TCU’s Ground Game Needs to Keep Churning
TCU’s offensive game plan against Arkansas worked to near perfection, save for a couple of missed opportunities (fumble at the 5 and a dropped TD reception). The crux of that game plan? Ground and pound the ball to wear down the opposing defense with some well-executed passes sprinkled in. That kind of ball control inadvertently produced another positive impact- it also helped limit the amount of opportunities Kenny Hill could make throwing the ball.
TCU’s Defense Needs to... Continue Being TCU’s Defense
Nothing fancy here, boys. The big nasties up front need to continue to plug holes against the run and put pressure on Pony quarterback Ben Hicks. The linebackers will have to be just as speedy in coverage with SMU’s short passing game as anyone, and the secondary will have to swarm but stay tight in coverage to ensure they aren’t beat on deep balls (something that isn’t exactly Hicks’ forte).
SMU Receivers Not Named Courtland Sutton
In order for SMU to have a chance at pulling the upset, they’ll have to rely more heavily on receivers like Trey Quinn, James Proche, and Brandon Benson. Sutton is either going to get his in single coverage and a half-decent throw from Hicks, or the TCU defense will stick a safety over the top and force Hicks to go elsewhere.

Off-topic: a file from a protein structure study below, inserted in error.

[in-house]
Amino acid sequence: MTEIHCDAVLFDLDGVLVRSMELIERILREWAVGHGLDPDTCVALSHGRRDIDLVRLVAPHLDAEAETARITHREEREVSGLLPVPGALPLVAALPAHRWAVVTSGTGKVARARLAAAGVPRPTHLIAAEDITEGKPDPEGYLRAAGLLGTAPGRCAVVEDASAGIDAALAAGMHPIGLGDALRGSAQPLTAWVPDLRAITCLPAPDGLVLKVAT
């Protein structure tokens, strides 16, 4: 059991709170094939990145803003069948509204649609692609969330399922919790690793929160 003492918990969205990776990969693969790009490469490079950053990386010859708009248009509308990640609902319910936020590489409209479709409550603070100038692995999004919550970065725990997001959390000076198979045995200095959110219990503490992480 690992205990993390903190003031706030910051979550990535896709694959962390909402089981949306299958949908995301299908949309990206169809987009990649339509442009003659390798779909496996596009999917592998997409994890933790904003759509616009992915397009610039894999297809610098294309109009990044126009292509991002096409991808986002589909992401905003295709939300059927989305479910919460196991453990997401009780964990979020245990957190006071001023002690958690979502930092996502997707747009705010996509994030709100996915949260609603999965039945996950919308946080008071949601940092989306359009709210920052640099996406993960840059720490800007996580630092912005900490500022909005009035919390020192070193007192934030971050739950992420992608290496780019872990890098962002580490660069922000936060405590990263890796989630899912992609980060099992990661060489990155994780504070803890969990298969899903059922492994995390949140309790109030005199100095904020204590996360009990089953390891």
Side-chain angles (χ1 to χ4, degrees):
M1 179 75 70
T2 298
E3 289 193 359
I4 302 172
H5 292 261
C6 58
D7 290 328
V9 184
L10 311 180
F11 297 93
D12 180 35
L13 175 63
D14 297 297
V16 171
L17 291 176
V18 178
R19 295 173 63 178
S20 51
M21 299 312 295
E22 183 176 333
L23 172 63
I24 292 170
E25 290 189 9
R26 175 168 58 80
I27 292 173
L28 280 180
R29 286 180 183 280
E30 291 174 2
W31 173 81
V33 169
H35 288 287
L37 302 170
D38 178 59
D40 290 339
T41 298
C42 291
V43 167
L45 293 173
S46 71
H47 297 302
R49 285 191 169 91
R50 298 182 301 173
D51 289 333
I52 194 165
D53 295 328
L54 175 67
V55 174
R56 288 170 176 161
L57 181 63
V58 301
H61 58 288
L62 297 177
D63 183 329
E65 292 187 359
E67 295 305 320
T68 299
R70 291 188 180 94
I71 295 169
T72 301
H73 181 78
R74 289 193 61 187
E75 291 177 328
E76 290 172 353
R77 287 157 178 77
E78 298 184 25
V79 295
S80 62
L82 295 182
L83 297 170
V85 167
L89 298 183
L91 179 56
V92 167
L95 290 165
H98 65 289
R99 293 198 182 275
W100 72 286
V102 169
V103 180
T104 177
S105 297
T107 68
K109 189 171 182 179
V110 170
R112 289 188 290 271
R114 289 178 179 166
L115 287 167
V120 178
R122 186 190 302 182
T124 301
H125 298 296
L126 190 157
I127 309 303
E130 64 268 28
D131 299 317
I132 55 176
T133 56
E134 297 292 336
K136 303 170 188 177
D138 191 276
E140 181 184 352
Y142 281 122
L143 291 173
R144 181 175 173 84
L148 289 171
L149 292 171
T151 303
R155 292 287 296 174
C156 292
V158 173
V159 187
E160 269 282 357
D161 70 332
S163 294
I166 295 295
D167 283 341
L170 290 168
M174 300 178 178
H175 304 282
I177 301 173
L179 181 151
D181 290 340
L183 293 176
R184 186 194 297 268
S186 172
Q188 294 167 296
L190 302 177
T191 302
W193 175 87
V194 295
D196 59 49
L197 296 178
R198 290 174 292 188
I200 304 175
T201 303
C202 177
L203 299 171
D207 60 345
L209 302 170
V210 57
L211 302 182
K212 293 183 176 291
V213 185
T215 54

SMU’s Ground Game vs. Third Downs
Same goes for the SMU running backs and offensive line. SMU must convert third downs in order to keep their defense off the field and the ball out of TCU’s playmakers on offense. Converting third downs with regularity generally means putting your offense in third-and-short situations, done with all kinds of runs and short passes (the latter of which SMU has done well with so far this year). They’ll be going up against TCU’s monster defensive line, however, so setting the tone here early and switching up looks late will be crucial for SMU.